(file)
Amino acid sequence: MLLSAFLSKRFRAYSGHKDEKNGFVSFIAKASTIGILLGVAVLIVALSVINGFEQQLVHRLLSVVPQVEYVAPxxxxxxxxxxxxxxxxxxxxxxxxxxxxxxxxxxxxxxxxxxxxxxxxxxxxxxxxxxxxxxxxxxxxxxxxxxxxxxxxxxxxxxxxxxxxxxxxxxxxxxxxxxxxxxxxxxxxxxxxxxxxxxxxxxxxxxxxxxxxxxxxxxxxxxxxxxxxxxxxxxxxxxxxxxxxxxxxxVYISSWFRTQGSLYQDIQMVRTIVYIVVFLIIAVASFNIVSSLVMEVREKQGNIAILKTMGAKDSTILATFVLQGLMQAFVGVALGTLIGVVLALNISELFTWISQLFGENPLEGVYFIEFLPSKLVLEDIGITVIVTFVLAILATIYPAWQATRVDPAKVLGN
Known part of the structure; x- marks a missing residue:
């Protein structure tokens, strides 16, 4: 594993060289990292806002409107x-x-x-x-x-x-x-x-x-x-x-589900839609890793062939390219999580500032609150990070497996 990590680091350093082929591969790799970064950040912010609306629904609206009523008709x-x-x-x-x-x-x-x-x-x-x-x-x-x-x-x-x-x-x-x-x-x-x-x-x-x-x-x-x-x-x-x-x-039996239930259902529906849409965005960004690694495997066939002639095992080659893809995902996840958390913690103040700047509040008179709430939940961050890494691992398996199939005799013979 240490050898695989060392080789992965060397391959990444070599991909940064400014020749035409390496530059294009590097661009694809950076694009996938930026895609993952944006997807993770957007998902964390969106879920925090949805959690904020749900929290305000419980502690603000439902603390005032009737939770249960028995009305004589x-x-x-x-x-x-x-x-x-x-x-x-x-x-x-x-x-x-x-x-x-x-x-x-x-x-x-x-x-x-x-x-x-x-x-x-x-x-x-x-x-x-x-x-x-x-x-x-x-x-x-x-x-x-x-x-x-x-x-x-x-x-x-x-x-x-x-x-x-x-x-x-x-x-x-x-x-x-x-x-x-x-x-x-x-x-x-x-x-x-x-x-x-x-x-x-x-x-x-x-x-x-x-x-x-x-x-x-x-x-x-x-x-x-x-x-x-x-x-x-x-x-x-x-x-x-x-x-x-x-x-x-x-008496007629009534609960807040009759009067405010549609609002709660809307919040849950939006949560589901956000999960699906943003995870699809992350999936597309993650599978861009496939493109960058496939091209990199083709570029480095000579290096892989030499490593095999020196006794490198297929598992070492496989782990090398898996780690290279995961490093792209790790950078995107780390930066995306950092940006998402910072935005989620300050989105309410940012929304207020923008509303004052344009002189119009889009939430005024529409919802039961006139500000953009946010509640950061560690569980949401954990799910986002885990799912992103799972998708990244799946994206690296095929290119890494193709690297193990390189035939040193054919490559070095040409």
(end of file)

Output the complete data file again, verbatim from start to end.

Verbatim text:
Amino acid sequence: MLLSAFLSKRFRAYSGHKDEKNGFVSFIAKASTIGILLGVAVLIVALSVINGFEQQLVHRLLSVVPQVEYVAPxxxxxxxxxxxxxxxxxxxxxxxxxxxxxxxxxxxxxxxxxxxxxxxxxxxxxxxxxxxxxxxxxxxxxxxxxxxxxxxxxxxxxxxxxxxxxxxxxxxxxxxxxxxxxxxxxxxxxxxxxxxxxxxxxxxxxxxxxxxxxxxxxxxxxxxxxxxxxxxxxxxxxxxxxxxxxxxxxVYISSWFRTQGSLYQDIQMVRTIVYIVVFLIIAVASFNIVSSLVMEVREKQGNIAILKTMGAKDSTILATFVLQGLMQAFVGVALGTLIGVVLALNISELFTWISQLFGENPLEGVYFIEFLPSKLVLEDIGITVIVTFVLAILATIYPAWQATRVDPAKVLGN
Known part of the structure; x- marks a missing residue:
């Protein structure tokens, strides 16, 4: 594993060289990292806002409107x-x-x-x-x-x-x-x-x-x-x-589900839609890793062939390219999580500032609150990070497996 990590680091350093082929591969790799970064950040912010609306629904609206009523008709x-x-x-x-x-x-x-x-x-x-x-x-x-x-x-x-x-x-x-x-x-x-x-x-x-x-x-x-x-x-x-x-x-039996239930259902529906849409965005960004690694495997066939002639095992080659893809995902996840958390913690103040700047509040008179709430939940961050890494691992398996199939005799013979 240490050898695989060392080789992965060397391959990444070599991909940064400014020749035409390496530059294009590097661009694809950076694009996938930026895609993952944006997807993770957007998902964390969106879920925090949805959690904020749900929290305000419980502690603000439902603390005032009737939770249960028995009305004589x-x-x-x-x-x-x-x-x-x-x-x-x-x-x-x-x-x-x-x-x-x-x-x-x-x-x-x-x-x-x-x-x-x-x-x-x-x-x-x-x-x-x-x-x-x-x-x-x-x-x-x-x-x-x-x-x-x-x-x-x-x-x-x-x-x-x-x-x-x-x-x-x-x-x-x-x-x-x-x-x-x-x-x-x-x-x-x-x-x-x-x-x-x-x-x-x-x-x-x-x-x-x-x-x-x-x-x-x-x-x-x-x-x-x-x-x-x-x-x-x-x-x-x-x-x-x-x-x-x-x-x-x-008496007629009534609960807040009759009067405010549609609002709660809307919040849950939006949560589901956000999960699906943003995870699809992350999936597309993650599978861009496939493109960058496939091209990199083709570029480095000579290096892989030499490593095999020196006794490198297929598992070492496989782990090398898996780690290279995961490093792209790790950078995107780390930066995306950092940006998402910072935005989620300050989105309410940012929304207020923008509303004052344009002189119009889009939430005024529409919802039961006139500000953009946010509640950061560690569980949401954990799910986002885990799912992103799972998708990244799946994206690296095929290119890494193709690297193990390189035939040193054919490559070095040409």